Incidence and correlates of delirium in a West African mental health clinic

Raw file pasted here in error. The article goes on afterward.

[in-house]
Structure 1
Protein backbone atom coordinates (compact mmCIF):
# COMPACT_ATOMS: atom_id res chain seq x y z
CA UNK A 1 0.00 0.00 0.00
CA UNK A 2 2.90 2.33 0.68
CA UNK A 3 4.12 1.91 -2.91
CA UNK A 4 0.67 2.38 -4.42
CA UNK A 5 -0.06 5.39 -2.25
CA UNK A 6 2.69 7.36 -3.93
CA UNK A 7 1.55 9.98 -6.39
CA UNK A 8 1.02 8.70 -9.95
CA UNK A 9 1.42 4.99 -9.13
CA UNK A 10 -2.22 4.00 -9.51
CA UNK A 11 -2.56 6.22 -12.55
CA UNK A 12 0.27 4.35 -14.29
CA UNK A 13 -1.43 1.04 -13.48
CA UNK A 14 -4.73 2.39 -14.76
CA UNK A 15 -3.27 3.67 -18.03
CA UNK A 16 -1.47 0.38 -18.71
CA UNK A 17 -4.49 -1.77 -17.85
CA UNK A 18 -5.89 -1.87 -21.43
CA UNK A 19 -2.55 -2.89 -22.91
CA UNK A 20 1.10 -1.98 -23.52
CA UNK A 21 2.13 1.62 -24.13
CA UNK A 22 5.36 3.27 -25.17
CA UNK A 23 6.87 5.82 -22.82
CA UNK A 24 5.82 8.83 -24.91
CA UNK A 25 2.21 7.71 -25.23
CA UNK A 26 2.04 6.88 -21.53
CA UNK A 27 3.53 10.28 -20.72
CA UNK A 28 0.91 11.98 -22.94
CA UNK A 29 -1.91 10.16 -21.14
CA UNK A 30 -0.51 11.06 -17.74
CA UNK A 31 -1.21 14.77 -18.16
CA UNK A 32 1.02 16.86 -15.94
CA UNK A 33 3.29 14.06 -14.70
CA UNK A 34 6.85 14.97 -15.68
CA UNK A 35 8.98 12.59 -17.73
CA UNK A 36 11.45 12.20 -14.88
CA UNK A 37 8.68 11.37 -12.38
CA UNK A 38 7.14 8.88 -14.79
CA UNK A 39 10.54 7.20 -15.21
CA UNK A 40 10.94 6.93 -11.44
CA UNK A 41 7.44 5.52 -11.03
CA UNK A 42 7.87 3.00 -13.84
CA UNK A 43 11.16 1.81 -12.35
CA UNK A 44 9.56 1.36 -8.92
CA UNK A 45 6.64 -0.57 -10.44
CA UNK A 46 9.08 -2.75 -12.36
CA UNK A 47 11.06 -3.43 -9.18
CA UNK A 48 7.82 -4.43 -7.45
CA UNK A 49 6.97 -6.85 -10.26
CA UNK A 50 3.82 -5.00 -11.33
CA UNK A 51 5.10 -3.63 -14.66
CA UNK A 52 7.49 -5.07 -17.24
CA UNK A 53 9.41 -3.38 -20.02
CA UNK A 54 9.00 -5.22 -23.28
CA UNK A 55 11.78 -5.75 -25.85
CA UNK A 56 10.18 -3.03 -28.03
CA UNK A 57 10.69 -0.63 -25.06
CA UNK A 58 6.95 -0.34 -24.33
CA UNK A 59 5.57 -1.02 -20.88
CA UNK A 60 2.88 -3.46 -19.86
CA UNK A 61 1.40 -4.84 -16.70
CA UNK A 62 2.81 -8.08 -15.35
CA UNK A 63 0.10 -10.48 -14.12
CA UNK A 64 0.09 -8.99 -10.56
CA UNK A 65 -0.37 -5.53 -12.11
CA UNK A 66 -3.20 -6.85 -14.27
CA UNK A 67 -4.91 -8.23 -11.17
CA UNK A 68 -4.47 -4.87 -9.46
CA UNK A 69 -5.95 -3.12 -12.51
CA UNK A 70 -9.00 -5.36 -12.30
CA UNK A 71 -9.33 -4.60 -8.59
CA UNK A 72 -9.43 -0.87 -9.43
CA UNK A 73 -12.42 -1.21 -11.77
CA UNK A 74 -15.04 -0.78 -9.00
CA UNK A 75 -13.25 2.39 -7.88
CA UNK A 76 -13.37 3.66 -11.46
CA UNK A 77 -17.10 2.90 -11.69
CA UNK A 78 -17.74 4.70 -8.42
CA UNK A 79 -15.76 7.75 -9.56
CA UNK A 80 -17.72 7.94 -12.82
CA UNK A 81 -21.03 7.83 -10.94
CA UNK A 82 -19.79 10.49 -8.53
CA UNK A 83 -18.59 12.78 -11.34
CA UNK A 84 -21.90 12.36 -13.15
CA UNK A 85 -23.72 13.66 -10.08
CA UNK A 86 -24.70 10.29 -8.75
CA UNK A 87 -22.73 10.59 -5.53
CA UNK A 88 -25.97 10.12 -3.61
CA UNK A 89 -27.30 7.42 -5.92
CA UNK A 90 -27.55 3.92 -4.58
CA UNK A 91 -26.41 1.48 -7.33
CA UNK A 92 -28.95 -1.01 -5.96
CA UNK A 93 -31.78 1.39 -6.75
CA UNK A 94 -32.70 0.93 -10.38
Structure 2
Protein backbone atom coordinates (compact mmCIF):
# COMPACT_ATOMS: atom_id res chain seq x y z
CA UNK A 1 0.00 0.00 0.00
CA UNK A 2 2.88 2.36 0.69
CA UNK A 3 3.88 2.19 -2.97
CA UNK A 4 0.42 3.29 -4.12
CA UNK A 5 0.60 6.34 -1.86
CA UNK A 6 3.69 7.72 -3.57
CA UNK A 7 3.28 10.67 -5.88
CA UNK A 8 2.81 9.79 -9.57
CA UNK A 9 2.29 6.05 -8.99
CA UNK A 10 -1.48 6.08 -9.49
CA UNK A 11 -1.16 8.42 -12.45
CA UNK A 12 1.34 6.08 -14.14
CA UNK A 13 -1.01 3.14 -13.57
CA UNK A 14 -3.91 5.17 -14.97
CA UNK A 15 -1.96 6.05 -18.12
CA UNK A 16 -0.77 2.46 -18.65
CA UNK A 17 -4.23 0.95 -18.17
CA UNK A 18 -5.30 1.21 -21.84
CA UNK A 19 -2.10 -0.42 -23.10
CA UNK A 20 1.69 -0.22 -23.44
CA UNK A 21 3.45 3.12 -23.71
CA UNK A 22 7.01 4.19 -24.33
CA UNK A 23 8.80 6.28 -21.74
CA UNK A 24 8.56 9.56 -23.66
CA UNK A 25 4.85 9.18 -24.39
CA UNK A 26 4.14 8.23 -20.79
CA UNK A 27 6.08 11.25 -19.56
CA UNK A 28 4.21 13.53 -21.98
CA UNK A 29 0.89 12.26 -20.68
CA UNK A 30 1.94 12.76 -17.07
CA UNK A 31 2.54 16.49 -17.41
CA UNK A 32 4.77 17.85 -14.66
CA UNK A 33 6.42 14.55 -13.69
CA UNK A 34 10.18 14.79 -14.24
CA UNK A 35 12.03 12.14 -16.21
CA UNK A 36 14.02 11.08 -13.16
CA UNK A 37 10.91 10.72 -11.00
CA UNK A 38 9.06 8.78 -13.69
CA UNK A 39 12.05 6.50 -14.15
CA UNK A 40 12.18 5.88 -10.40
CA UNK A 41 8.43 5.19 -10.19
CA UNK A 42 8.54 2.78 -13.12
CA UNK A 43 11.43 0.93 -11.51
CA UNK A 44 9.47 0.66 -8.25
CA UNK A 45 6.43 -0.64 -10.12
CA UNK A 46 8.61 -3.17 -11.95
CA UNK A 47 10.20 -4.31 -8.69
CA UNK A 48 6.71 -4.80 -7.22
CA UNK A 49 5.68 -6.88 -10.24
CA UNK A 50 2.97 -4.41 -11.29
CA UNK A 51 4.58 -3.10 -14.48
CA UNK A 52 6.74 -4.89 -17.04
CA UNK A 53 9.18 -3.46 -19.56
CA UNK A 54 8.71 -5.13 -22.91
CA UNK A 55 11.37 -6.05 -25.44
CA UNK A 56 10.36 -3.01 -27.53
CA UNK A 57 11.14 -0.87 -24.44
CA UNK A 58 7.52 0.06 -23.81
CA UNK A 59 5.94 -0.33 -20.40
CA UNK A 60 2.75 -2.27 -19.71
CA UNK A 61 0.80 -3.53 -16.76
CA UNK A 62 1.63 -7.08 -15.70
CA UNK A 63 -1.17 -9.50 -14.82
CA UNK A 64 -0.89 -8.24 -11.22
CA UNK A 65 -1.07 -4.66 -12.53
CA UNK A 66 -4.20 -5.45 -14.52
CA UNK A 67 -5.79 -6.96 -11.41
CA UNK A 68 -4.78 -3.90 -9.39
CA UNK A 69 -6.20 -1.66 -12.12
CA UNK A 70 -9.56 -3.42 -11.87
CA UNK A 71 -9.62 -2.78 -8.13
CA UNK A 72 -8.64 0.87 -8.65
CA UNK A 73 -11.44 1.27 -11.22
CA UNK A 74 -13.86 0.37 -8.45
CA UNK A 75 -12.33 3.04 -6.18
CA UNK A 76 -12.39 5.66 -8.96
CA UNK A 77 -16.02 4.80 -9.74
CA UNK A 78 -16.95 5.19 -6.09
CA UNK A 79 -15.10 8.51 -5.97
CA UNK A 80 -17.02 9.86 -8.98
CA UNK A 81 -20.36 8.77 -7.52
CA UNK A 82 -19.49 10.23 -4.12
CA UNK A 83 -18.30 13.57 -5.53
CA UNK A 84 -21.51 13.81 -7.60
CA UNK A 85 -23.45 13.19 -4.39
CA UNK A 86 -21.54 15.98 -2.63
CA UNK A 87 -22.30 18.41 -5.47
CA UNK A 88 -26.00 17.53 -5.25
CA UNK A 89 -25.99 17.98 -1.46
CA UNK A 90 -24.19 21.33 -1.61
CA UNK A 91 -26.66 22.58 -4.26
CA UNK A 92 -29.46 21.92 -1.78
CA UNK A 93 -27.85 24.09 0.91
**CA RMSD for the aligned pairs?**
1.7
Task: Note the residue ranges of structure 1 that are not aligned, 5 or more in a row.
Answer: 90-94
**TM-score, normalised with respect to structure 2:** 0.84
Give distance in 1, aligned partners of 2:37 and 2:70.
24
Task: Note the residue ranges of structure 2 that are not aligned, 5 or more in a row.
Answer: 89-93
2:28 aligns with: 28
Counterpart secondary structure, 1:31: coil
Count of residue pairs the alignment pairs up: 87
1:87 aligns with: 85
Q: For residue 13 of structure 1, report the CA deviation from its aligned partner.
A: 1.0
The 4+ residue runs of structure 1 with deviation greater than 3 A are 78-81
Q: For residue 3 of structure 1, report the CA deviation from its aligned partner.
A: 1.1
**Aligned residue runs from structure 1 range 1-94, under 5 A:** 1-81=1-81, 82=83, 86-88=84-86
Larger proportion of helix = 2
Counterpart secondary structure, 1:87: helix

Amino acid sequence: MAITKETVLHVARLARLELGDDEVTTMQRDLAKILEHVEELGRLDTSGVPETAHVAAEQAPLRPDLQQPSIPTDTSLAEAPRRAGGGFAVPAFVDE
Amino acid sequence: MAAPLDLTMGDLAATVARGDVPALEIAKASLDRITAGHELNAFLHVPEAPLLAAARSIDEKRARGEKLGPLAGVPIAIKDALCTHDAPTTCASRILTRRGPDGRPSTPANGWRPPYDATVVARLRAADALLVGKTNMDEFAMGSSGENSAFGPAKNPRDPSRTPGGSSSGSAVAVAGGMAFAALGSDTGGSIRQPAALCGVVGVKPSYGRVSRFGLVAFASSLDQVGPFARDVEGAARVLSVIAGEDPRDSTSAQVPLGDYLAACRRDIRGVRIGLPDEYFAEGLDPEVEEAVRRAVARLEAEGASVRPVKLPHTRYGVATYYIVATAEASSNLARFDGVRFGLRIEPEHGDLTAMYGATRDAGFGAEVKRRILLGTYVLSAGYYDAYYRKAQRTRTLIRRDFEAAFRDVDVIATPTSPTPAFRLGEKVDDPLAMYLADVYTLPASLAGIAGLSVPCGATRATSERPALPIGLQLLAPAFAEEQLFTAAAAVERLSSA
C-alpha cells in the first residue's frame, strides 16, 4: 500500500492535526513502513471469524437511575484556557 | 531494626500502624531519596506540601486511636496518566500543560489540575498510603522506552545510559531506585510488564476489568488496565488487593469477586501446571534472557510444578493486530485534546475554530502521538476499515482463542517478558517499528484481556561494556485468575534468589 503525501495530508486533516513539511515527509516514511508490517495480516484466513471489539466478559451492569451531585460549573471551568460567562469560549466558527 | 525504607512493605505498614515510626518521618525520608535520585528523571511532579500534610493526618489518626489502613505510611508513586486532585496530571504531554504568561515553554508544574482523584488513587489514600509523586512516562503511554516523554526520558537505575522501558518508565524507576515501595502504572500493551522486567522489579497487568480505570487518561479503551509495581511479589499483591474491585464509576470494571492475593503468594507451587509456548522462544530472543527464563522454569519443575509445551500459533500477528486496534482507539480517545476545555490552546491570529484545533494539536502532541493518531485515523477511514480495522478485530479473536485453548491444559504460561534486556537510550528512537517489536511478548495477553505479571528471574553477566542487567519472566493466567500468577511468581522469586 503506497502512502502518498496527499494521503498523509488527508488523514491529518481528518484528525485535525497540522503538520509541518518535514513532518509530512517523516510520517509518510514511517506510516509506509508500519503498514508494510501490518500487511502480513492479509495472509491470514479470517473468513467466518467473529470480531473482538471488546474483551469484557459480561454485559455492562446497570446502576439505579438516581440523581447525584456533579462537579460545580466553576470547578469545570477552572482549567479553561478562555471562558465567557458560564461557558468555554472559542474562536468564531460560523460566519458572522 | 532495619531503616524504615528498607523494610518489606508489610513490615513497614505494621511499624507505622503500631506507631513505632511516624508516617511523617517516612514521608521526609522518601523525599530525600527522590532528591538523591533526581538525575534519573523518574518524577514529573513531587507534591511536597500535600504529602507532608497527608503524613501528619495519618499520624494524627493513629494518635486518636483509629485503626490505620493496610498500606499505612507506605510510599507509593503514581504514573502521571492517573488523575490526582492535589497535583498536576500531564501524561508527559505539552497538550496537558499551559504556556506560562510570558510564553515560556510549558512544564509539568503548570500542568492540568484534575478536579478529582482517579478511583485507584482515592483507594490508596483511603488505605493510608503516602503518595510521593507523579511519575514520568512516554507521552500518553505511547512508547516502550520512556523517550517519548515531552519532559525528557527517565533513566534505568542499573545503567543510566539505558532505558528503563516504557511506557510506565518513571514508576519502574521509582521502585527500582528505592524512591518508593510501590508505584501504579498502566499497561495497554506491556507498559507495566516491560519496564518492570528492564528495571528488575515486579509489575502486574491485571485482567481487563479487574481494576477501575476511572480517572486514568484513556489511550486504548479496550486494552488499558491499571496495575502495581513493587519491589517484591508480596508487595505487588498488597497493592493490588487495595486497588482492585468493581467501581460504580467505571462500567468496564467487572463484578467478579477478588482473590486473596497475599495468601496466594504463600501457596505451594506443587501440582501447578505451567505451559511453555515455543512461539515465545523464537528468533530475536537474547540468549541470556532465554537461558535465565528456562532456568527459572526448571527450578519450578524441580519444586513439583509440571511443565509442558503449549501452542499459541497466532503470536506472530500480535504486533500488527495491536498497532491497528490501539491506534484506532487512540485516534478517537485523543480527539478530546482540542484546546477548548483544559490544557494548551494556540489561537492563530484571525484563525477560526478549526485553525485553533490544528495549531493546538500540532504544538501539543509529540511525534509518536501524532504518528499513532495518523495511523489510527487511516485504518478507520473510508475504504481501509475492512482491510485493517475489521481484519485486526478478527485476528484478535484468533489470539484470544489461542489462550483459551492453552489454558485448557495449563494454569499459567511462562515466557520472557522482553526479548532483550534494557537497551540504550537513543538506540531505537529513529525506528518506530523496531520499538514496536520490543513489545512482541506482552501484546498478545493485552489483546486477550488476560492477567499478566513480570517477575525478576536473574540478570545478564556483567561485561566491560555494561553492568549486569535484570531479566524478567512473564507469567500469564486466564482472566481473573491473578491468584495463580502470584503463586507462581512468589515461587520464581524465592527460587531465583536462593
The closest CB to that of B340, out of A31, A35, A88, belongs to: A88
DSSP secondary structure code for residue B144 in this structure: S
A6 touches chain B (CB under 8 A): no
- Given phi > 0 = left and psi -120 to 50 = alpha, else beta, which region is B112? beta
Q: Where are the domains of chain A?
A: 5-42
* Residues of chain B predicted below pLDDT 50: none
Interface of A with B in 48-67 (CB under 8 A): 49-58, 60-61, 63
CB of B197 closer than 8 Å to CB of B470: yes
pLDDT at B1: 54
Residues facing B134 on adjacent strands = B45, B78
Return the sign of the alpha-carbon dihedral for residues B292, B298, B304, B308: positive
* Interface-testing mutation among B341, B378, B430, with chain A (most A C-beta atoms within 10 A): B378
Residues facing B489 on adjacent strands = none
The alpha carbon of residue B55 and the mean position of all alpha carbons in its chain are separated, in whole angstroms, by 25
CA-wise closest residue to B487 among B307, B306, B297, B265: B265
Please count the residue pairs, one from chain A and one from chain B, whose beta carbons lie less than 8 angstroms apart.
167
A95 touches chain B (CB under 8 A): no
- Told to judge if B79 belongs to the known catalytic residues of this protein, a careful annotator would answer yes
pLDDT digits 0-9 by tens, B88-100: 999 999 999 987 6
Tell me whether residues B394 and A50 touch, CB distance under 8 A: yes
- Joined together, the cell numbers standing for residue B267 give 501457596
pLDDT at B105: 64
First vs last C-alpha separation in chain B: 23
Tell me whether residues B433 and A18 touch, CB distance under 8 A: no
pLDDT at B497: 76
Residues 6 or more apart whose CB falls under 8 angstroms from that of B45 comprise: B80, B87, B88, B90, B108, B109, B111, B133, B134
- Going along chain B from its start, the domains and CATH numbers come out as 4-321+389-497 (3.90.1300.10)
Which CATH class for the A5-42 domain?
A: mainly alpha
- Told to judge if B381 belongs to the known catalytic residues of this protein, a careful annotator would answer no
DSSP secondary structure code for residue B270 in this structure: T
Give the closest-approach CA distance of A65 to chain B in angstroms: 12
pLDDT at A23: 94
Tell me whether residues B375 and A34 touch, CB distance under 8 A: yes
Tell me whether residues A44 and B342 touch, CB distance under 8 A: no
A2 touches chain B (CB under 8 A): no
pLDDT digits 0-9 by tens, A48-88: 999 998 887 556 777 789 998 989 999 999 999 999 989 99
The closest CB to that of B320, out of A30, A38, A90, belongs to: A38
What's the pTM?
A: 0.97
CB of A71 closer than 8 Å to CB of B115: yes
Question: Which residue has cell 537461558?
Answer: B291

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OBJECTIVE: To determine the incidence of delirium in those patients presenting to a psychiatric clinic in Nigeria and to examine if any demographic or clinical variables were correlated with this diagnosis. METHOD: A prospective survey design; 264 consecutive new referrals to a psychiatric clinic in Nigeria were assessed for the presence of delirium using a standardised diagnostic scale. Data was analysed for normality and appropriate statistical test employed to examine the relationships between the presence of delirium and demographic and clinical variables. RESULTS: Of individuals presenting to the mental health clinics, 18.2% had delirium. No demographic variable was significant regarding the presence or absence of delirium. With regard to clinical variables duration of current symptoms, referral source and the presence of comorbid physical illness were significantly associated with the presence of delirium. Most delirium was due to infections. Nearly all patients with delirium were prescribed psychotropic medication (95.2%), and most attributed their symptoms to a spiritual cause. CONCLUSION(S): Delirium presents more commonly to psychiatry services in the less developed world compared to the West. Development efforts should focus on recognition and management of delirium to improve outcomes and maximise resources.
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